Q: I have a 28-year-old graft patient following keratoconus lens intolerance who is now pregnant. She’s been on topical steroids for the past 12 months. I generally leave these patients on low-dose steroids indefinitely; however, in the case of her pregnancy, should I stop her steroids?
A: “If a patient is on topical corticosteroids once a day or every other day, then the amount of absorption of corticosteroid is so low to non-detectable that it is not of much concern,” says Kathy Tran, OD, chief of the Cornea, Contact Lenses and Refractive Surgery department at the UC Berkeley School of Optometry. “However, I still advise a patient to pinch the corner of their eyes for two minutes after administration of the medication during the first trimester,” to occlude the puncta. The concern, she says, is steroid exposure during the first six to 12 weeks of embryogenesis. “Many medications have the most serious effects on fetal development during the first trimester of pregnancy.”
There are approximately 6.5 million pregnancies annually in the United States, and approximately 64% of women are prescribed a drug during pregnancy.1,2 The FDA categorizes medications, including eye drops, according to the level of potential risk to a fetus if taken during pregnancy. Topical corticosteroids fall within Category C, Dr. Tran says, meaning studies have demonstrated an adverse effect on the fetus in animal models; data on humans is still inconclusive.
Though the original labeling system has been in place since 1979, recent changes effective June 30, 2015 now address previously missed criteria.
|Corneal transplantation requires long-term topical steroid use to prevent rejection. But what about in patients who become pregnant? Photo: Christine W. Sindt, OD.|
James Aquavella, MD, of the University of Rochester Medical Center, notes that researchers have shown relatively frequent applications of dermatological steroid preparations in pregnant mice were followed by cleft palate changes; however, he adds that he typically prescribes one daily drop of topical steroid followed by punctal compression and has not seen any adverse effects during pregnancy.3 “My advice is to inform the patient of the risks (unknown) and benefits (i.e., reducing the incidence of graft rejection). If she agrees, continue the low-dose application,” he says. “Since most practitioners agree the risk is greater during the first trimester, an alternative would be to slowly taper and stop while observing frequently during this period.”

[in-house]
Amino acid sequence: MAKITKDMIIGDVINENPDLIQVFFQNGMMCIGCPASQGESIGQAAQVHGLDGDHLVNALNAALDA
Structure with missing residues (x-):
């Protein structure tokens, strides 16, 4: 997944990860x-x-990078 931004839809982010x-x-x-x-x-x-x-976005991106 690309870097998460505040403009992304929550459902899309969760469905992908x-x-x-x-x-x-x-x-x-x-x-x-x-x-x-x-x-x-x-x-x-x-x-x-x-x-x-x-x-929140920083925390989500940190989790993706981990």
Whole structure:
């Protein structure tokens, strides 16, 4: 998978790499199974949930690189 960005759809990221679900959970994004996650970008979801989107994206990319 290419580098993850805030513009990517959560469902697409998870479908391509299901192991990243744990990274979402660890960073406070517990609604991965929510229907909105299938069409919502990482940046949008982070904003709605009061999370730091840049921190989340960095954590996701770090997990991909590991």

If the patient must use the medication three to four times per day (e.g., early in the post-op course or if the risk of graft rejection is elevated), use greater caution. Dr. Tran recommends nasolacrimal occlusion after each drop to minimize systemic absorption. “I also encourage them to drink a glass of water after each drop is administered,” she says. Some clinicians might be more comfortable inserting punctal plugs during the pregnancy to minimize absorption. Regardless of the method you choose, conduct and document a discussion with the patient’s obstetrician.
“Prescribing during pregnancy is always a risk-benefit consideration,” Dr. Tran says, who advises optometrists to “carefully weigh the benefit of treatment for any condition in a pregnant patient against the possible risks,” however remote, to the developing fetus. Discuss your concerns and offer your best clinical recommendation. If she agrees to use the medication, “document the discussion in the chart and that the benefit of the medication outweighs the risk of teratogenicity.” n1. Ramoz LL, Patel-Shori NM. Recent changes in pregnancy and lactation labeling: retirement of risk categories. Pharmacotherapy. 2014;34(4):389-95.
2. Ventura SJ, Curtin SC, Abma, JC, Henshaw SK. Estimated pregnancy rates and rates of pregnancy outcomes for the United States, 1990-2008. Natl Vital Stat Rep 2012;60:1-12.
3. Hemm RD, Arslanoglou L, Pollock JJ. Cleft palate following prenatal food restriction in mice: association with elevated material corticosteroids. Teratology. 1977 Jun;15(3):243-8.